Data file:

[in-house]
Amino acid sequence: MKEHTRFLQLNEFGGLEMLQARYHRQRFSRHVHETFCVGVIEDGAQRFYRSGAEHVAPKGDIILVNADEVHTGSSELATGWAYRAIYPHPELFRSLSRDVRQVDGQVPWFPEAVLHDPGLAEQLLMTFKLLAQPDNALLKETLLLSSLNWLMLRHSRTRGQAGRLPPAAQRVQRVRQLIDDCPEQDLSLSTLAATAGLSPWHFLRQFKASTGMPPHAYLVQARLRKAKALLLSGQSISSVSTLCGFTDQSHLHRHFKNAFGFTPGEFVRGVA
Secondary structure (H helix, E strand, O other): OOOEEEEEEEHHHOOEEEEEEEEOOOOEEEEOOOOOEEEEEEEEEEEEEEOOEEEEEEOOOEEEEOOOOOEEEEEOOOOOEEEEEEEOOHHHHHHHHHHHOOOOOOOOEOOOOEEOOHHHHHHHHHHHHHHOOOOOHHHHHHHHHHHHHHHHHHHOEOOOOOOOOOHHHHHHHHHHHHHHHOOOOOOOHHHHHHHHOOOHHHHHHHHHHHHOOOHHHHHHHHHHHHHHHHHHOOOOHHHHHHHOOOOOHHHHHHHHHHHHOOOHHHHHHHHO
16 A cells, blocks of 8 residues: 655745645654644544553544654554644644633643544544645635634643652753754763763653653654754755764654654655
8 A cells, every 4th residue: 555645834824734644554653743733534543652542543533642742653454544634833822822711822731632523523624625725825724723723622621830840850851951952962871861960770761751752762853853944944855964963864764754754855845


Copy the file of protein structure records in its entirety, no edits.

[in-house]
Amino acid sequence: MKEHTRFLQLNEFGGLEMLQARYHRQRFSRHVHETFCVGVIEDGAQRFYRSGAEHVAPKGDIILVNADEVHTGSSELATGWAYRAIYPHPELFRSLSRDVRQVDGQVPWFPEAVLHDPGLAEQLLMTFKLLAQPDNALLKETLLLSSLNWLMLRHSRTRGQAGRLPPAAQRVQRVRQLIDDCPEQDLSLSTLAATAGLSPWHFLRQFKASTGMPPHAYLVQARLRKAKALLLSGQSISSVSTLCGFTDQSHLHRHFKNAFGFTPGEFVRGVA
Secondary structure (H helix, E strand, O other): OOOEEEEEEEHHHOOEEEEEEEEOOOOEEEEOOOOOEEEEEEEEEEEEEEOOEEEEEEOOOEEEEOOOOOEEEEEOOOOOEEEEEEEOOHHHHHHHHHHHOOOOOOOOEOOOOEEOOHHHHHHHHHHHHHHOOOOOHHHHHHHHHHHHHHHHHHHOEOOOOOOOOOHHHHHHHHHHHHHHHOOOOOOOHHHHHHHHOOOHHHHHHHHHHHHOOOHHHHHHHHHHHHHHHHHHOOOOHHHHHHHOOOOOHHHHHHHHHHHHOOOHHHHHHHHO
16 A cells, blocks of 8 residues: 655745645654644544553544654554644644633643544544645635634643652753754763763653653654754755764654654655
8 A cells, every 4th residue: 555645834824734644554653743733534543652542543533642742653454544634833822822711822731632523523624625725825724723723622621830840850851951952962871861960770761751752762853853944944855964963864764754754855845